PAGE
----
The meeting is over. General Motors, Renault and Nissan have had their meeting, and now it is quiet time.
Although there is sure to be speculation and conjecture over the next few months, it's time for the parties involved to get about the business of evaluating the merits of any sort of alliance and whether they should continue talking.
Then it will head into round two, which would take some additional time. It shouldn't be distracting because few people will be involved with these discussions.
The process will have to go further and deeper before there are specific discussions with folks from the companies.
Someone said the proper way would be for an independent member of GM's board to have two groups study the opportunity. One group would look for all the negatives from a potential alliance, and the other group would look for all the positives. Of course, only one group is doing the study, and it isn't led by an independent member of the board.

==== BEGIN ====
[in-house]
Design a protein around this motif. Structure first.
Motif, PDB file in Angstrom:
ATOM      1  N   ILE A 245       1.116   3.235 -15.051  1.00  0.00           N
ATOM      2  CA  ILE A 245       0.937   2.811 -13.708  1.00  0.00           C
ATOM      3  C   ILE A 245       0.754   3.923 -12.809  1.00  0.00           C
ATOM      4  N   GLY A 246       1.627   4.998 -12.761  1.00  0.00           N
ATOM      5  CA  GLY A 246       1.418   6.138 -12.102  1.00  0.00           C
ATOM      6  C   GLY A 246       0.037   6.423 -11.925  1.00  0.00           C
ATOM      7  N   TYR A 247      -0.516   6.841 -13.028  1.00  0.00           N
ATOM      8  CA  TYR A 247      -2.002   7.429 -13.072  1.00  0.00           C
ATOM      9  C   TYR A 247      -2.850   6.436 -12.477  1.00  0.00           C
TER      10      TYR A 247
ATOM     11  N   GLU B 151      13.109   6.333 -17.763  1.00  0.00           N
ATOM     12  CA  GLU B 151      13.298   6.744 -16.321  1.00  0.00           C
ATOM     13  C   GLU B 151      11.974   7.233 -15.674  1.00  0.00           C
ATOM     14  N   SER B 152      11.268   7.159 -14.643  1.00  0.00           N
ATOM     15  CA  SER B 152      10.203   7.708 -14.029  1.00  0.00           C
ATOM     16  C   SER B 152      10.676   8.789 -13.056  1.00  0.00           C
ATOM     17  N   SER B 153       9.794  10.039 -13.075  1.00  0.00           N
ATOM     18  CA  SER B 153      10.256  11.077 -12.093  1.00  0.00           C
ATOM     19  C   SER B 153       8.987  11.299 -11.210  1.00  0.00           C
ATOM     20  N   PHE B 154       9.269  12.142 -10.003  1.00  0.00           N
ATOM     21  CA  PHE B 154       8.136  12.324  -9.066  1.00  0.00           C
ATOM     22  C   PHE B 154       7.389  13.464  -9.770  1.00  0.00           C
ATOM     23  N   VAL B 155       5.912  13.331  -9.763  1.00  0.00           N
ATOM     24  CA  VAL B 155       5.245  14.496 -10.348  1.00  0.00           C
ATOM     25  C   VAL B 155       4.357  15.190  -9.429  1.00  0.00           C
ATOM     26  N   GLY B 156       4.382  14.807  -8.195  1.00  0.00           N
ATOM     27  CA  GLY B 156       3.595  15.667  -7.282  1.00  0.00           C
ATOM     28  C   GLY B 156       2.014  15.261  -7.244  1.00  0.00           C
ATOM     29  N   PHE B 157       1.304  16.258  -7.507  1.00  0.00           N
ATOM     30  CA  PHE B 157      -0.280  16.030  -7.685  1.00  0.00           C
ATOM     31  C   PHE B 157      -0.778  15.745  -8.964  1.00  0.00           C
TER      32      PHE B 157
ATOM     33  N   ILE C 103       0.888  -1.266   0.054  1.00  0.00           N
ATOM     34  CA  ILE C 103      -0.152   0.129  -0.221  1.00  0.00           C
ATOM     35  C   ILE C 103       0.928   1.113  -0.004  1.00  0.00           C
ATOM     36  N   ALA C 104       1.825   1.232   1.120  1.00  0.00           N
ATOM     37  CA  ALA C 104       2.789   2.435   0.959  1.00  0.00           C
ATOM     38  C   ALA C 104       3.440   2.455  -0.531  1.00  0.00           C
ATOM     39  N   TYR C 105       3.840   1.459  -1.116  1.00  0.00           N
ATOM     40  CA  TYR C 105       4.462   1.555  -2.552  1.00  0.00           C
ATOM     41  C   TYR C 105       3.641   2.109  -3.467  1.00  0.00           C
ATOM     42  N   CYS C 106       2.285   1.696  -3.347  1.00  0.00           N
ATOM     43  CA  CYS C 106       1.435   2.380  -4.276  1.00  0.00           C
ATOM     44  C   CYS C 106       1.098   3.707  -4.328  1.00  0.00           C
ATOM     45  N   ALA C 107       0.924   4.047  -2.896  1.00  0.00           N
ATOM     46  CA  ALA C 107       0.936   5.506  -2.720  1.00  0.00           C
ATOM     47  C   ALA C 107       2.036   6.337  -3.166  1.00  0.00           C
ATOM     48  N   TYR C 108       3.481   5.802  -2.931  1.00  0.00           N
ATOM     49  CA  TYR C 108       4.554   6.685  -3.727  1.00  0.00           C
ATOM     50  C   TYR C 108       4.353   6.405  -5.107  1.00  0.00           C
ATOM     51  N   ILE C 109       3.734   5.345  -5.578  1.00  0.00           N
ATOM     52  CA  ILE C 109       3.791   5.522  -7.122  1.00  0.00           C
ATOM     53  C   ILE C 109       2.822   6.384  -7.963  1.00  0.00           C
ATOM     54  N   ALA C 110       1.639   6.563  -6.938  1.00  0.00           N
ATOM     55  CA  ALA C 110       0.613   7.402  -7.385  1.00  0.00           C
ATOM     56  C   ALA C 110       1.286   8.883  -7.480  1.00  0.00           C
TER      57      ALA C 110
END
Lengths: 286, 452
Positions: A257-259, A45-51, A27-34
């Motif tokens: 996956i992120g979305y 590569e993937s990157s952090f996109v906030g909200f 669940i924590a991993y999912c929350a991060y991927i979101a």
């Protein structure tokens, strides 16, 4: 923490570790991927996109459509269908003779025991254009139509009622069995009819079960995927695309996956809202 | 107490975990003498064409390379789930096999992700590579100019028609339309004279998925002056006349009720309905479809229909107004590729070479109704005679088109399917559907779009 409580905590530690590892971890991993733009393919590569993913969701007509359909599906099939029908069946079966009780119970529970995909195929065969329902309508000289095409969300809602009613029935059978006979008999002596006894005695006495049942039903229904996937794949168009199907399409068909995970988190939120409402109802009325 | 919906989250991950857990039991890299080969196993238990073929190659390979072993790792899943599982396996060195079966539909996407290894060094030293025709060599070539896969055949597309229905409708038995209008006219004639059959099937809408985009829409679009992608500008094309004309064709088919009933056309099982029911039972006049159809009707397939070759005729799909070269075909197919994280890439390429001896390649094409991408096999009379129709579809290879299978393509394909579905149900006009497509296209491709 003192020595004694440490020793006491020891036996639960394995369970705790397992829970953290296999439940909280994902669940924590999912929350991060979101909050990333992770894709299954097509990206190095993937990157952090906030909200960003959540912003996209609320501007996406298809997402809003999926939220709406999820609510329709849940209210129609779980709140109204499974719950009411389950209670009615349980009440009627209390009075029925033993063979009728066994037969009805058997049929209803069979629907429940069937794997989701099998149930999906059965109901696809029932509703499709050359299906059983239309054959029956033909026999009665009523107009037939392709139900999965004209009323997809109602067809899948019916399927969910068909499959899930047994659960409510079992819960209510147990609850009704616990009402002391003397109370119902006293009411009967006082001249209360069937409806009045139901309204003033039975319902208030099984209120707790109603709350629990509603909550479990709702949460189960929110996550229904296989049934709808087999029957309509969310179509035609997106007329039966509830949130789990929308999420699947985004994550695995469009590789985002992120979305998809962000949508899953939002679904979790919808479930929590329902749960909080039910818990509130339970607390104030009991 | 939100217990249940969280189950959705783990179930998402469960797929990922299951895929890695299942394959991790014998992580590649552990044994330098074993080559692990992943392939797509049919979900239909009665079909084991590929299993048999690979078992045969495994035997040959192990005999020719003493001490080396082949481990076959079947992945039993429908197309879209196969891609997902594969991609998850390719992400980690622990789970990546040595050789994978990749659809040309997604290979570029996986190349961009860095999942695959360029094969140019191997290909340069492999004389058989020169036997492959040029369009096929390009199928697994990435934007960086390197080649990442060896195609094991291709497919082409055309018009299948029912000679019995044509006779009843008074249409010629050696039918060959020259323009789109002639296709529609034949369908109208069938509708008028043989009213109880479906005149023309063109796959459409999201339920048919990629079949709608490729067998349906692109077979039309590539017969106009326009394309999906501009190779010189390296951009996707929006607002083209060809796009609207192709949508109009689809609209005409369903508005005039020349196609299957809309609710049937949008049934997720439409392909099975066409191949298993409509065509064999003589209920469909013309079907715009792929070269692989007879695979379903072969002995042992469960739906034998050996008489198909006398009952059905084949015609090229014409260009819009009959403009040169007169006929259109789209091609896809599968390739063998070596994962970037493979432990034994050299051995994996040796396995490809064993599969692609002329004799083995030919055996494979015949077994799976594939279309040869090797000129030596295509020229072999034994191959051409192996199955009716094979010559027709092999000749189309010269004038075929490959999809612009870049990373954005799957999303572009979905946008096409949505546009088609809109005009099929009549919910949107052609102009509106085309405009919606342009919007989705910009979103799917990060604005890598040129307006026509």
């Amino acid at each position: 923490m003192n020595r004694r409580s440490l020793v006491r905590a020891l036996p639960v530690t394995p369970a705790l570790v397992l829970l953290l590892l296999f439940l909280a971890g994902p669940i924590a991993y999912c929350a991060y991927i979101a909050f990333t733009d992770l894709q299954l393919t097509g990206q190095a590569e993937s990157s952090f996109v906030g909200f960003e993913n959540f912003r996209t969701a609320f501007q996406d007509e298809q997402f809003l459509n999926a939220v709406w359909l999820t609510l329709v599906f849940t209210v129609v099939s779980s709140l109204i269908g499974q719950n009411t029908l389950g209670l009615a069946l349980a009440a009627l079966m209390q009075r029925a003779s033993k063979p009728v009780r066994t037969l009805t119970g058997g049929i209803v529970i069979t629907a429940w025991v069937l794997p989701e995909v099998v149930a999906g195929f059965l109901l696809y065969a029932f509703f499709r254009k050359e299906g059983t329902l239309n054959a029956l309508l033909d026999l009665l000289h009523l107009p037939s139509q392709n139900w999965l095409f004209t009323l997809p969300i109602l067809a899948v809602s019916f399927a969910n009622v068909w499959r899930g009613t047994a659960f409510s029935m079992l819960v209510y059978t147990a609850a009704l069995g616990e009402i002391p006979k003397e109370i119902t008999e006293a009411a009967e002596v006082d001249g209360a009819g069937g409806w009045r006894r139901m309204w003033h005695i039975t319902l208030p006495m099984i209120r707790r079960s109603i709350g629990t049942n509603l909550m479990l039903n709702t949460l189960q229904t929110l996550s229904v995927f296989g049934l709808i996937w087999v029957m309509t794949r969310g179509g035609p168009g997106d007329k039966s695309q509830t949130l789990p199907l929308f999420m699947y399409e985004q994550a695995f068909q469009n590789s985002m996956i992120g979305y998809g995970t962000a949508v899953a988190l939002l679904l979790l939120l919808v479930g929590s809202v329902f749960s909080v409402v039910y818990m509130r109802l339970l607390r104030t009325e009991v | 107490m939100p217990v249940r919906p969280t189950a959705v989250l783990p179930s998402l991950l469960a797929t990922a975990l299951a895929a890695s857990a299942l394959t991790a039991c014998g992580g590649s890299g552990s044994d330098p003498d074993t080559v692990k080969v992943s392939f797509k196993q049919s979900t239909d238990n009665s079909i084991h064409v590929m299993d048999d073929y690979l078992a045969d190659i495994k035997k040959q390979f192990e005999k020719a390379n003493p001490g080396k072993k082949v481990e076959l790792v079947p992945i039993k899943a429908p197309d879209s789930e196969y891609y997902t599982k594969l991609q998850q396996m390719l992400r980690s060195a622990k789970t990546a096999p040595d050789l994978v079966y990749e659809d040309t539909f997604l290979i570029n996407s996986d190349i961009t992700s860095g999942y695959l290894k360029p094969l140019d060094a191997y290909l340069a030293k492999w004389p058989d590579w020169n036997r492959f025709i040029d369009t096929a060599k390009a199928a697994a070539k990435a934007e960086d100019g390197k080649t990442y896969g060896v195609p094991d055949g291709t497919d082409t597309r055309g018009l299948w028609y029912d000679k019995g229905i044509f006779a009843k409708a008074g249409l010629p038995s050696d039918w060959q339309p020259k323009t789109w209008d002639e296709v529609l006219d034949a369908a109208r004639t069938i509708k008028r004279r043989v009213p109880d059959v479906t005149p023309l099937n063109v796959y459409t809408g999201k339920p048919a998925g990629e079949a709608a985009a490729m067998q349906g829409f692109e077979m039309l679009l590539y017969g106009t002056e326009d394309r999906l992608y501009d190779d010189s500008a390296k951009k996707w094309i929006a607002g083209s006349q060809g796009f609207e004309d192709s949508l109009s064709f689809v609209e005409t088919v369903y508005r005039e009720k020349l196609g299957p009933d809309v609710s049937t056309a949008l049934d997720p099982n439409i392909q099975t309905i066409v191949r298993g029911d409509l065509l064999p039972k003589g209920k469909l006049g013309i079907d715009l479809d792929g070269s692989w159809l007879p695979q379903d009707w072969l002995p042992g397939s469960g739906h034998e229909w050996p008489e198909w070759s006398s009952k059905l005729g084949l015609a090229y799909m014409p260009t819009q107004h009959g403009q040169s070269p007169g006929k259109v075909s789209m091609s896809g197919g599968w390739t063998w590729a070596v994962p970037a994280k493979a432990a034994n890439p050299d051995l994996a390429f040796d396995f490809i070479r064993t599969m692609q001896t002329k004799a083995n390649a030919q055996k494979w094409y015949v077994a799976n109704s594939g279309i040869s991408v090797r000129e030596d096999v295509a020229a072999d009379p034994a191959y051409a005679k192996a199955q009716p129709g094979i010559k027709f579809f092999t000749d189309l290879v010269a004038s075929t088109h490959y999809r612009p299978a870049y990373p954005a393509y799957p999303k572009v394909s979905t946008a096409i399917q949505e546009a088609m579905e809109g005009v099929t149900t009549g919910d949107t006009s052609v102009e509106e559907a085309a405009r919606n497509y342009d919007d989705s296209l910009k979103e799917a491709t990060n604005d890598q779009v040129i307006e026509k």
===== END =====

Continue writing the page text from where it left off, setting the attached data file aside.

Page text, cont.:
But the key to the revitalization of any car company is introducing products and increasing sales.
When Renault formed an alliance with Nissan, Nissan continued to spend massive amounts on new products. So much of the improvement at Nissan can be credited to increased sales of new products.
If GM is going to achieve a true financial revitalization, it must introduce lots of automobiles with that "must have'' quotient.
The deterioration in the Middle East can't bode well for either GM or Ford. With such a high percentage of their sales based on trucks, big increases in gasoline prices will make their fortunes that much more difficult.
No one knows what will happen with the discussions concerning a GM alliance with Renault and Nissan, just as no one knows what will happen in the Middle East. But if gasoline prices continue to rise, it could change the reality of the discussions.
It's going to take a few months to sort out the proposed alliance, and hopefully the Middle East will be working toward peace at the same time.